A little piece of heaven.

Blossoming into radiant beauty and colour even after the harshest of winters.

Reminding them that the darkest times will always welcome a new spring.

And while as a kid I didn’t really like how that garden had robbed me of my jungle, I grew to appreciate it.

I saw what it did for my parents.

I still remember how my Dad stared in wonder at it after his stroke.

He’d been in hospital for months and was finally allowed home.

And while he needed a lot of care from Mum, that garden was like medicine for him. Helping him forget the pain he was in. Helping him forget the turmoil he was going through.

No longer able to talk.

No longer able to walk properly.

But here, facing the fruits of his love and labour, all was forgotten.

He was safe.

He felt nourished.

He was connected to something his body was not able to let him enjoy anymore.

He and Mum could transport themselves to a time and place where everything was OK.

And while I hope I never face the tragedy my Father suffered – and acknowledge this garden is from the toil of others hands – I feel I get what nature was able to do for Mum and Dad.

Because it isn’t just what grows in the garden, but what it helps blossom within yourself.


13 Comments so far
Leave a comment

What a beautiful garden. Perfect for such a beautiful family. Your parents would be thrilled for you.

Comment by Mary Bryant

Thank you. I think they would. It is one of the reasons we loved the house so much when we saw it.

Comment by Rob

This is a delightful post Robert. Your parents would be so happy you and your family have this.

Comment by Lee Hill

Thanks Lee. I think we’d never get them to leave if they were here. They’d just be constantly starting at the garden or sitting in it. And I’d be absolutely fine with it. In fact, it would be my dream. Ha.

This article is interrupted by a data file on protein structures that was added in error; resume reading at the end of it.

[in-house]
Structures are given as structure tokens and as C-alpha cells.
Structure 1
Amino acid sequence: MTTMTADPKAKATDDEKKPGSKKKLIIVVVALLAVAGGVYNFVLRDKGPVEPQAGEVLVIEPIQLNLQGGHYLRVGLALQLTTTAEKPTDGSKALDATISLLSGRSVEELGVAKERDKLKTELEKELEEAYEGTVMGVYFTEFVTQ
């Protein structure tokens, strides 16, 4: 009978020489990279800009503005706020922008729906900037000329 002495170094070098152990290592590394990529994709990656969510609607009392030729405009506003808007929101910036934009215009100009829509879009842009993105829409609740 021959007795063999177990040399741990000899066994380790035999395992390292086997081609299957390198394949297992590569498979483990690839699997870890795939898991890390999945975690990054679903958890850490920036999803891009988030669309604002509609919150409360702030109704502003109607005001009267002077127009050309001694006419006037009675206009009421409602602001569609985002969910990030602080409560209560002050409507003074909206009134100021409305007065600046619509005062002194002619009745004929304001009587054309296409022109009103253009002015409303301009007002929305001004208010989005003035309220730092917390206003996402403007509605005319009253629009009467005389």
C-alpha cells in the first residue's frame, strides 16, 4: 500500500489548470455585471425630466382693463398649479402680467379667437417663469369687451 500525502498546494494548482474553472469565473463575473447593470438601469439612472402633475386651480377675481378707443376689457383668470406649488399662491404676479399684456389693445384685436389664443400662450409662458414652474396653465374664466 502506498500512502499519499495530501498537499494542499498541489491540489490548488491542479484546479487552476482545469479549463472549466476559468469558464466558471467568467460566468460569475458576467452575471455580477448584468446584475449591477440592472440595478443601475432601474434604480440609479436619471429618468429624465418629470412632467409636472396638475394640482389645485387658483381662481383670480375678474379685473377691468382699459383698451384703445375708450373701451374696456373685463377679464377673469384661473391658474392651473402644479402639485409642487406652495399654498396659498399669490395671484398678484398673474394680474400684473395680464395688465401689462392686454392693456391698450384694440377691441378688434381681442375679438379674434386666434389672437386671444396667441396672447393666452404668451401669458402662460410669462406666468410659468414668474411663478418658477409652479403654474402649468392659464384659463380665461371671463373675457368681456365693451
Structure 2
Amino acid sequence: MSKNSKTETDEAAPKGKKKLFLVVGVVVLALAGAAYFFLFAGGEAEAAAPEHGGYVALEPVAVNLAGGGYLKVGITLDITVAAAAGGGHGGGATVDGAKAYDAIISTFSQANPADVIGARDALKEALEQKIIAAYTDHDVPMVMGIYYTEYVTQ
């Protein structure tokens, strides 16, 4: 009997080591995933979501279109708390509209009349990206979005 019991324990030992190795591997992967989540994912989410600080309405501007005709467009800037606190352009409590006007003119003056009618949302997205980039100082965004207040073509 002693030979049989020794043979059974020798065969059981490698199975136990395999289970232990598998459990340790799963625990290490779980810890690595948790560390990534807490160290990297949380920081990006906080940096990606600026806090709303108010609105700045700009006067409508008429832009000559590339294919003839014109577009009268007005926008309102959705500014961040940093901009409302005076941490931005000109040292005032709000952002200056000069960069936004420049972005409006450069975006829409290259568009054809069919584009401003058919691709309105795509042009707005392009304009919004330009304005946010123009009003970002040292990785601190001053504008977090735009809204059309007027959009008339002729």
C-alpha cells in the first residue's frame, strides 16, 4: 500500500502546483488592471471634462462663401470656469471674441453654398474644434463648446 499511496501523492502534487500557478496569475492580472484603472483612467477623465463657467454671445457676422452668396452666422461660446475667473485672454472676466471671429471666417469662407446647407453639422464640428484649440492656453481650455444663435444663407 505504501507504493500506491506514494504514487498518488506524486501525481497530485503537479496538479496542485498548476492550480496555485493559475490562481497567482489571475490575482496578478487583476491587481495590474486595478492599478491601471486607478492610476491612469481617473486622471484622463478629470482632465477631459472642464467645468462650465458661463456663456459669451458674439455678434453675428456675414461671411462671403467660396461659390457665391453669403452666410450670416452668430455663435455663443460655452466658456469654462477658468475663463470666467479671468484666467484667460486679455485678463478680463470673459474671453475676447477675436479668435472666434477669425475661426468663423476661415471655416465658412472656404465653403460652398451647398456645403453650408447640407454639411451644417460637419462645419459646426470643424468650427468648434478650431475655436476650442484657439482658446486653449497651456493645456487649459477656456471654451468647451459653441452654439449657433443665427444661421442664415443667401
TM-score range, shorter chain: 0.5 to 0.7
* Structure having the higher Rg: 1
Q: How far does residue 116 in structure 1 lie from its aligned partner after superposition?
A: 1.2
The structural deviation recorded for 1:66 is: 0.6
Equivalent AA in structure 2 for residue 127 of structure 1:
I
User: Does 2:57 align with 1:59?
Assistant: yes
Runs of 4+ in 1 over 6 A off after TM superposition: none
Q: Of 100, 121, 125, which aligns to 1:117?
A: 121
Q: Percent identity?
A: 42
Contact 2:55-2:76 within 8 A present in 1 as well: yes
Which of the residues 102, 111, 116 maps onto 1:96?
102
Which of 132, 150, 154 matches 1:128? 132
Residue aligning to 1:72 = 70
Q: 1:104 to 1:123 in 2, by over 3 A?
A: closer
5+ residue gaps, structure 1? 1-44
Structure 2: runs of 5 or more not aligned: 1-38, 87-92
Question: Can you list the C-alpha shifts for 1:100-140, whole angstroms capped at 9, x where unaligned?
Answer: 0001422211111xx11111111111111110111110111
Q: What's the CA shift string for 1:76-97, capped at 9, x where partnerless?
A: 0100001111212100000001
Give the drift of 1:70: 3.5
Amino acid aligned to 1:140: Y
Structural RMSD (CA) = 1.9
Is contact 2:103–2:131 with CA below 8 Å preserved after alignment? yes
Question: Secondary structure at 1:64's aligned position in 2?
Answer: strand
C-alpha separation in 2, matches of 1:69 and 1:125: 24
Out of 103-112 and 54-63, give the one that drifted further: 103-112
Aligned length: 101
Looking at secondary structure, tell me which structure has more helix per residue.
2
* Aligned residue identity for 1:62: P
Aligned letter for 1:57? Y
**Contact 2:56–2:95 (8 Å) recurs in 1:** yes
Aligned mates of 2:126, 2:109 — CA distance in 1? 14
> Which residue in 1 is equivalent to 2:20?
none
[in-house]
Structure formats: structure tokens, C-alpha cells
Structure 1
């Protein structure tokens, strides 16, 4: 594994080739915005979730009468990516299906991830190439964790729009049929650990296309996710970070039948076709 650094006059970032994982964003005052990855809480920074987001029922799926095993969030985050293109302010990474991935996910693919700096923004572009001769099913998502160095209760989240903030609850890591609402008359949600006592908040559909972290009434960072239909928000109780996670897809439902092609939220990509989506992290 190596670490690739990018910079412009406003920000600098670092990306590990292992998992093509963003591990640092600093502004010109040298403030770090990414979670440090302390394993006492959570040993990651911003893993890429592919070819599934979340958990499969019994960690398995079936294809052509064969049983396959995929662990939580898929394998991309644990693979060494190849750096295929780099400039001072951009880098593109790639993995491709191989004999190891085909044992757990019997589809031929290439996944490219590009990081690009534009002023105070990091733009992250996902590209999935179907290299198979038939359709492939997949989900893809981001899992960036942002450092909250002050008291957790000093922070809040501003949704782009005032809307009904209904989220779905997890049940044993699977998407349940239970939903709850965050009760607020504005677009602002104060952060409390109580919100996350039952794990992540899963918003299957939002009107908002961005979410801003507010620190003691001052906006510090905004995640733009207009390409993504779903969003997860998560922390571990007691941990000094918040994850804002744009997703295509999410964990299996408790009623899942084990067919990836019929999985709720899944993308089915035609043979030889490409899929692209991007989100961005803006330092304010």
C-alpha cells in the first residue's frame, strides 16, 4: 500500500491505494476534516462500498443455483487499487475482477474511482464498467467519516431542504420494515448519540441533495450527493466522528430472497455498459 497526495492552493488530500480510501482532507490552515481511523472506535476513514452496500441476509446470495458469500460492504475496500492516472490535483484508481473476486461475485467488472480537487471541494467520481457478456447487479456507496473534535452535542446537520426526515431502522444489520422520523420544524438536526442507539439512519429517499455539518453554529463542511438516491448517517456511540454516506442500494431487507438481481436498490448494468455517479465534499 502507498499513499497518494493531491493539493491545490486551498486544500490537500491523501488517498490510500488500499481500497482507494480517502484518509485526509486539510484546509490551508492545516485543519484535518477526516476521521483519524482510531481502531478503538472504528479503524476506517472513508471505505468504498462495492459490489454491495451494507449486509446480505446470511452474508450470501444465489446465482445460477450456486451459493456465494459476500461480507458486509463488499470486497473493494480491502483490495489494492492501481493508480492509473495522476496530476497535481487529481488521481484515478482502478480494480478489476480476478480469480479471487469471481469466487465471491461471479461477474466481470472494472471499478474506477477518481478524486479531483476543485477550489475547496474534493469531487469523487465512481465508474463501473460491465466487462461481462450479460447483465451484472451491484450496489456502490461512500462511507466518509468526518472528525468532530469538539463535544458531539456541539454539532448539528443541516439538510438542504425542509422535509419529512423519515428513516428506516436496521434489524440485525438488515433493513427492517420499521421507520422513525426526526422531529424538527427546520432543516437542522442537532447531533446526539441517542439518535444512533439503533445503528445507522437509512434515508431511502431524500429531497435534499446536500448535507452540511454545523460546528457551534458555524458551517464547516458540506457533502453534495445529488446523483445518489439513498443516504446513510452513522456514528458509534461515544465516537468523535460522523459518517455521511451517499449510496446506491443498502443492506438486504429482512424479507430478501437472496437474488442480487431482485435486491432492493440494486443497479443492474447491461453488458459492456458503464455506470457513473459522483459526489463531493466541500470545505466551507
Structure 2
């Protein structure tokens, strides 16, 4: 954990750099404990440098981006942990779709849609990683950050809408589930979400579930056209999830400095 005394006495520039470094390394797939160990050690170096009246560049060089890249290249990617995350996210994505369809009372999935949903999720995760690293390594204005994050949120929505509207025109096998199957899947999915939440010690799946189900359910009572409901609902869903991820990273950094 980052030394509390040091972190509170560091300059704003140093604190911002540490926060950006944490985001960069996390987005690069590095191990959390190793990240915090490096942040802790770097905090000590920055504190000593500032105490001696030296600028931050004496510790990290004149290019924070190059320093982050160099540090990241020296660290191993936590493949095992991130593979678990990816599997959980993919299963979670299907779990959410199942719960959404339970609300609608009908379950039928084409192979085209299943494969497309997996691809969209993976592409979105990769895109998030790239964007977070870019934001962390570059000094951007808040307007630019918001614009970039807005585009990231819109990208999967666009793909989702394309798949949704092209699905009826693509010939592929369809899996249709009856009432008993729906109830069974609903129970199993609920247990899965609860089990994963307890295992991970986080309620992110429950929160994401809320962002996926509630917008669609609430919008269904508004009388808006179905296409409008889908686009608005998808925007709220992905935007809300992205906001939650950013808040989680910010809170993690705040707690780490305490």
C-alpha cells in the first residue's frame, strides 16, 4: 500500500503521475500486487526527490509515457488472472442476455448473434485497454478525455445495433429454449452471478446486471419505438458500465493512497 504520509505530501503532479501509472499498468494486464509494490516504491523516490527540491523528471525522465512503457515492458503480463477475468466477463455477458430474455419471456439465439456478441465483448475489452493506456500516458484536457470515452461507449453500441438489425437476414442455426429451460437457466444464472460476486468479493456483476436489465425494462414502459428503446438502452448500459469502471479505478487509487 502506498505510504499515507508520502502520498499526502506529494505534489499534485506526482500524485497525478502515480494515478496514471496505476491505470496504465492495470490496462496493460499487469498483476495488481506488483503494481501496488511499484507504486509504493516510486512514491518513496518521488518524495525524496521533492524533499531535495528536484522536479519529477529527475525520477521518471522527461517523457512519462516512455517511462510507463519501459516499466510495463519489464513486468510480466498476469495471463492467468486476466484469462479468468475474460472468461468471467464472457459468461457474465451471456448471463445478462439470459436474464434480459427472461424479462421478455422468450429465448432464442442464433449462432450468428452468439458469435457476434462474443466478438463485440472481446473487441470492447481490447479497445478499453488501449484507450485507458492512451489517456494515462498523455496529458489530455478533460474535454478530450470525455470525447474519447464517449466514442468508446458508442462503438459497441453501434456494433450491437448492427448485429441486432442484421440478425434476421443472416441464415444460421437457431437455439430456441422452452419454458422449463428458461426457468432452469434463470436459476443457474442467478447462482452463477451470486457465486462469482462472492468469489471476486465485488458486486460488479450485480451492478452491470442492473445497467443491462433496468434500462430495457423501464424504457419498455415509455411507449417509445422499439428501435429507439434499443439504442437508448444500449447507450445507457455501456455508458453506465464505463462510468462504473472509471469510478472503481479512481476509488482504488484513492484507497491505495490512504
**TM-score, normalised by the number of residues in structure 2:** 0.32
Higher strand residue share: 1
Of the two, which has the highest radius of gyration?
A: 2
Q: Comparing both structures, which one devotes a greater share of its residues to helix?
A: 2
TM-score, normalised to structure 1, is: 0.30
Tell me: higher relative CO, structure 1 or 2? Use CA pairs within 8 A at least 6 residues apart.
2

Comment by Rob

Lovely post Rob. One question, what would your parents think of your hot tub hidden under the trees?

Comment by Bazza

You mean the 7 seater monster with lights and sound system in it? I think they’d start a bit cynically. Then be a bit intrigued. And then, once in it and feeling how relaxing it is, we’d never get them out of it. Hahaha.

I know it’s chavvy. But we absolutely love it. It was basically the only thing we insisted stayed with the house when we bought it. Though we had it professionally cleaned before we went anywhere near it. Hahahaha.

Comment by Rob

Were they swingers?

Comment by Bazza

I don’t think so Baz. Though what is amusing is the neighbours on both sides had hot tubs delivered within a few weeks of us moving in. Hahaha.

Comment by Rob

I would feel restored if I had a garden to enjoy like that. I hope I get to visit it one day.

Comment by George

you soppy fucking beautiful bastard.

Comment by andy@cynic

you watch jill do all the fucking work to keep it good dont you? youre that fucking andy capp cartoon in real life.

Comment by andy@cynic

Just like he watched us do all the work too.

Comment by DH

This is as nice a way as it is surprising to end the week.

Comment by DH